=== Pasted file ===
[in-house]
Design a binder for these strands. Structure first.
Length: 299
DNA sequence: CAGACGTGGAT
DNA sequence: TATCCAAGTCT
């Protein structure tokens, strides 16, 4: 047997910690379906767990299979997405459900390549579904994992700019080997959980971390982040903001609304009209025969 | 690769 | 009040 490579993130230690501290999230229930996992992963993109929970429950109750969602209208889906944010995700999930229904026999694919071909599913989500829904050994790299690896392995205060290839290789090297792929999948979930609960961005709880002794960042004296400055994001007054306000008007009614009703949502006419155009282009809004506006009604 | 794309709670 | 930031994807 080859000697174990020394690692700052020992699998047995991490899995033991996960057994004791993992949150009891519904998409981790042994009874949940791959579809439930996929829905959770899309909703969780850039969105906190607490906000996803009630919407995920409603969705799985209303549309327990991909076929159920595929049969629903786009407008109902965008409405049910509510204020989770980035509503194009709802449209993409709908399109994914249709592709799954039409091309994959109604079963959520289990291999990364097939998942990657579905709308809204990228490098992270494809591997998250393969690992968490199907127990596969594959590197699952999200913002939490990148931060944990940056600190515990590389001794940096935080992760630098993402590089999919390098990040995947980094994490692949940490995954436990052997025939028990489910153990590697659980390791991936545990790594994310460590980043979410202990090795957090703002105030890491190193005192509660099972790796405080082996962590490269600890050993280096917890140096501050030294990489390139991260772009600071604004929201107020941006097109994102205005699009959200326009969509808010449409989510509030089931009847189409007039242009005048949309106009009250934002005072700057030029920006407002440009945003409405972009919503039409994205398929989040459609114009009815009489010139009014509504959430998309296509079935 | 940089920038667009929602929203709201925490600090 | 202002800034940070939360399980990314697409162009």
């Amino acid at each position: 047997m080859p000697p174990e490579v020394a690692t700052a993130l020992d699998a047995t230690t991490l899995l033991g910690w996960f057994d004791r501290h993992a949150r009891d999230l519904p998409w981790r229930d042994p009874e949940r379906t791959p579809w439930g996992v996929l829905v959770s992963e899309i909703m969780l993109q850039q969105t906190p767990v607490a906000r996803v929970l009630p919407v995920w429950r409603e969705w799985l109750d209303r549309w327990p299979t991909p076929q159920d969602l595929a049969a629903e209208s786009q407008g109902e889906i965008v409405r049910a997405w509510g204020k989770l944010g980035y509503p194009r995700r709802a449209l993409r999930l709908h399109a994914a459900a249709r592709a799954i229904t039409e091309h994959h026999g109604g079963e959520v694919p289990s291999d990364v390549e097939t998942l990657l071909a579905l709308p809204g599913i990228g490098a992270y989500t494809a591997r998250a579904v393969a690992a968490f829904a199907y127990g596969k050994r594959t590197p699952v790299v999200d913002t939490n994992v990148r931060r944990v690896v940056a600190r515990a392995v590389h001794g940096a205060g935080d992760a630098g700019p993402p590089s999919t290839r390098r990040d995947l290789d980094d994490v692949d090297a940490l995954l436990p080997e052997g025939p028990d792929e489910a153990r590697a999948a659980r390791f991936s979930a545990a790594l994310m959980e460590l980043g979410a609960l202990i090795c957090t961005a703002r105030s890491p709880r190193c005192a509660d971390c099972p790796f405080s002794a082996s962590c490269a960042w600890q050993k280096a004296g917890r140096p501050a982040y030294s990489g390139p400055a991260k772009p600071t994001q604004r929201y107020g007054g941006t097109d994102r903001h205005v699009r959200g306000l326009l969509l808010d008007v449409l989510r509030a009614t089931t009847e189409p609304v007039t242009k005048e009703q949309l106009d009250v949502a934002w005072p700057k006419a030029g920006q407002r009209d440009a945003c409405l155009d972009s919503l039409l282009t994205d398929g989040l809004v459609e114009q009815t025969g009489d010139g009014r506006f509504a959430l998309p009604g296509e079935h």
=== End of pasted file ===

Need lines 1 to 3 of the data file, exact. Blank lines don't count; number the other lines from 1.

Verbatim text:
[in-house]
Design a binder for these strands. Structure first.
Length: 299